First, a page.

Conan O’Brien: Persona Non Grata
Conan O’Brien was a loser.
Then everything changed.
I’m going to miss Conan O’Brien. Like many misguided, pop culture-obsessed American TV watchers, I view Conan like a friend. A pal we all grew up with. And as heart-burstingly proud as I was to see him land his dream gig with The Tonight Show, I was equally devastated tonight to watch him sign off. So yeah, I’m going to miss him. But then, I’ve been missing him a while now. But more on that in a minute. First, we have to clear the air about something…
Television is a business. And the currency of television is ratings. And this is one issue that I see Conan supporters everywhere skirting around…so of course I have to go there.
Conan wasn’t getting them. And I know why.
To make it as a performer in Hollywood, you have to have a PERSONA. People need to know what to expect when they sign on to see you. When Jack Black shows up, you know you’re in for a high-energy, kinetic whirlwind of comedy-rock goodness. When Michael Cera shows up, you know to expect a soft-spoken mild-mannered nerd. Tom Cruise is always a cocky, grinning expert at something. In showbiz, you need to decide what kind of protagonist you’re going to be so people know where you fit in their universe. And there are two kinds: lovable losers and lovable winners.
Here’s an easy guide to help clarify things: Judd Apatow writes stories about lovable losers. Aaron Sorkin writes stories about lovable winners.
At Late Night with Conan O’Brien, Conan’s persona was that of the lovable loser. All his jokes were centered around his inability to achieve any kind of success. His act revolved around his jokes not landing, his props failing, the sketches flopping, the show’s unpopularity – even his own talent and attractiveness were fair game. And it worked like gangbusters. He was a loser and we loved him for it.
But then came The Tonight Show…and suddenly, the act wasn’t such a good fit anymore. Why? He had a brand new studio, a bigger salary, better clothes, A-list guests, not to mention all the media coverage that comes with landing the biggest and best gig in television. There was no denying it…Conan was no longer a loser. He was a winner. And he was about to pay for it.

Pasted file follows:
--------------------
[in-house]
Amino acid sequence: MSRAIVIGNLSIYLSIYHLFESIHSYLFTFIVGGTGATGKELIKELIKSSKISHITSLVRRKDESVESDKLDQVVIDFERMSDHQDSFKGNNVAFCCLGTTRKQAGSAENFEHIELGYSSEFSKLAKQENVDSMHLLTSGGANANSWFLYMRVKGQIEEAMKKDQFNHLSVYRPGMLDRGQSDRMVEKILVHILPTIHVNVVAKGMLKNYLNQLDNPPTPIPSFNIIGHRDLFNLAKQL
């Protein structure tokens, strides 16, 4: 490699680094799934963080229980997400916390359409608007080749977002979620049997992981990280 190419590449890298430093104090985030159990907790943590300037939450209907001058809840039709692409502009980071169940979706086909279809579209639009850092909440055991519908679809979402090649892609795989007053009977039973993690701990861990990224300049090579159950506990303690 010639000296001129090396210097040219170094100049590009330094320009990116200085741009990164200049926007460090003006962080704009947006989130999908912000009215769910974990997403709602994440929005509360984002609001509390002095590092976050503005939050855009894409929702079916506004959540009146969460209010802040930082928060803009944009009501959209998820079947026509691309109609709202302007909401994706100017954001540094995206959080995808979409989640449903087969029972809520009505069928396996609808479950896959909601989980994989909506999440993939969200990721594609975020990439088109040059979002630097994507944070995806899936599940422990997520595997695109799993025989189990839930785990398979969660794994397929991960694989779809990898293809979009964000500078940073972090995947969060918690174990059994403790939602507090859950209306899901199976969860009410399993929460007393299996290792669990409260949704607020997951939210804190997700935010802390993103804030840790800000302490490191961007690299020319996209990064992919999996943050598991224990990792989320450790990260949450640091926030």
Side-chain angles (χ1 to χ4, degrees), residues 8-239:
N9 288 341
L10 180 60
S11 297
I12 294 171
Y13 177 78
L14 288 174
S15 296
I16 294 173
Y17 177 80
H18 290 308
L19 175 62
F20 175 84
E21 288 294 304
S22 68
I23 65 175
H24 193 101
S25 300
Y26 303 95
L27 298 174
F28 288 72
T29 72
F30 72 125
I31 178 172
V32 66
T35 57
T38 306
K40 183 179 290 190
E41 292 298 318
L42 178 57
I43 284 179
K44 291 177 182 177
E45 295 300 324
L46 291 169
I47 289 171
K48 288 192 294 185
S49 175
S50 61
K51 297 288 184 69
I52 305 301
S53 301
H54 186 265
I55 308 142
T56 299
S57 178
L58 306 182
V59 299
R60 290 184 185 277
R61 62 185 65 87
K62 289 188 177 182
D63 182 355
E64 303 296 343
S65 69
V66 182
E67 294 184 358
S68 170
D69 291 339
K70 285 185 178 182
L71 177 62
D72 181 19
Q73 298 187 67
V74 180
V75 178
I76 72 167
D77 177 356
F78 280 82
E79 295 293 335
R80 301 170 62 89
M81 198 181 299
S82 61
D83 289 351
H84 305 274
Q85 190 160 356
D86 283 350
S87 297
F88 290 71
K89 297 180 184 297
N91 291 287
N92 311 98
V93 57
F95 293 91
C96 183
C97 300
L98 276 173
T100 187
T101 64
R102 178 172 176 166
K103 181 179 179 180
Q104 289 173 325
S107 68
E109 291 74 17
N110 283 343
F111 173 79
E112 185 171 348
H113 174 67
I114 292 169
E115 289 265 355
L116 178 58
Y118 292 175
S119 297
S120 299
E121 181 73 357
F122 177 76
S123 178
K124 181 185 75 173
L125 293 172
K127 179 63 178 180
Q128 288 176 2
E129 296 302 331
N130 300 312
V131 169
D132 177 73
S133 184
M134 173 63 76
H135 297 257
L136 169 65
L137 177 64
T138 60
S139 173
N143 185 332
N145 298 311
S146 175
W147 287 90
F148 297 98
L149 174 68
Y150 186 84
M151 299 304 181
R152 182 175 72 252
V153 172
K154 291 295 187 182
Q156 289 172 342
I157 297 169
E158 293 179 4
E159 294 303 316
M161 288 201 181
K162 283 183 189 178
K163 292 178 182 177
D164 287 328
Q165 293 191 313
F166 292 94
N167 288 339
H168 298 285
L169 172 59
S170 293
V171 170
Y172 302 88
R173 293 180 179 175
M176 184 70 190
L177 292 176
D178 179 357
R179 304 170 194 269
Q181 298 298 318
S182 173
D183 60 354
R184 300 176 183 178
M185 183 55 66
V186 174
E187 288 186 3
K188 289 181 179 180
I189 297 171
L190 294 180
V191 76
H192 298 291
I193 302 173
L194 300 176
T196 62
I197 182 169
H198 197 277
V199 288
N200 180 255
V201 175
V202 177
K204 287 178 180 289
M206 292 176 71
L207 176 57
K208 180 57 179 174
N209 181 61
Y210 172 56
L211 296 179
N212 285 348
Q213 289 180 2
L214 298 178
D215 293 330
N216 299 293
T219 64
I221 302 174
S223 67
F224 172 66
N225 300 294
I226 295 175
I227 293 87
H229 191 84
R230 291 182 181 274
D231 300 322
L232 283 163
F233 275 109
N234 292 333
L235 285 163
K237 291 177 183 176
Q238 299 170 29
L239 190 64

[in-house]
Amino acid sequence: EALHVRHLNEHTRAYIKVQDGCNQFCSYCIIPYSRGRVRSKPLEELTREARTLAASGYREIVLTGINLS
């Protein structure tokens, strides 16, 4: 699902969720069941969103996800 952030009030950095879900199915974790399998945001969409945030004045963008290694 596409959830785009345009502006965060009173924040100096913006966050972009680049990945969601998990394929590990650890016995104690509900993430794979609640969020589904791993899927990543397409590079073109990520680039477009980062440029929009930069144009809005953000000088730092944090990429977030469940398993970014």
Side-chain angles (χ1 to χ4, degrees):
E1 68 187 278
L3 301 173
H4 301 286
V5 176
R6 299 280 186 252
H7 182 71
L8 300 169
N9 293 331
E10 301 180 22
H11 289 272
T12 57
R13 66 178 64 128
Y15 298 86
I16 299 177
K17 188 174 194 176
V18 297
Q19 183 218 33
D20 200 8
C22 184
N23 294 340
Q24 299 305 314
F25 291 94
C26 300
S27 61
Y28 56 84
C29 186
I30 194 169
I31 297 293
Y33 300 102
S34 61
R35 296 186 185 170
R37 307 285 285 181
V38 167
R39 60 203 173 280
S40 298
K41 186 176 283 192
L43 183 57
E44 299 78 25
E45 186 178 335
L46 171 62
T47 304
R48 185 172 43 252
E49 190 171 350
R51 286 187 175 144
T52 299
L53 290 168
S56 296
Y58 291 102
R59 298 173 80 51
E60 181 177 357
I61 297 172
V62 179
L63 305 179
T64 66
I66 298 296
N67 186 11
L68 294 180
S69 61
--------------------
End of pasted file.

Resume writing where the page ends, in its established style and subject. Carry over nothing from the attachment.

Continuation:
Now, no one will admit this, especially now, but Conan’s act wasn’t nearly as funny on The Tonight Show as it was on Late Night. That’s okay. You don’t have to say it. That’s what we’re here for. The reason for this sudden drop in the funny is that he’d changed his act…subtly, yes, but definitely changed. He was toned down. More adult. He took fewer chances. In short, he changed his persona. We no longer knew what to expect from our old pal. During his whole on-stage career, he’d honed and polished an act built around something that no longer applied. It was like he went off to college and came back a grown up. And his fans were left waiting for the real Conan to return.
Now, did you notice how during his last week as Tonight Show host Conan was ON FIRE? His jokes were great, he was loose and fun and funnier than ever?
There’s a reason for this too and I bet you can guess what it is…NBC had forced him into a corner. Suddenly Conan was the underdog again. Everything he’d worked so hard for was in jeopardy. His show, his status, his rep were all on the line. He was David and NBC was Goliath. But this time, David was destined to lose.
That’s right. Conan’s persona shifted again. Once again he was recognizable as the guy we knew from way back…a lovable loser. We finally got him back and the world got a glimpse of what they had been missing. But tragically, just as suddenly as we got him back, he was gone again.
But there is good news.
As we all know, in Hollywood nothing lasts forever. Even defeat. And everybody…everybody…loves a comeback. (You all remember Britney Spears, right?) Coco will be back, rest assured. And with a loss THIS epic looming just behind him, we’re sure to love him more than ever when he returns.
We’ll see you soon, Conan.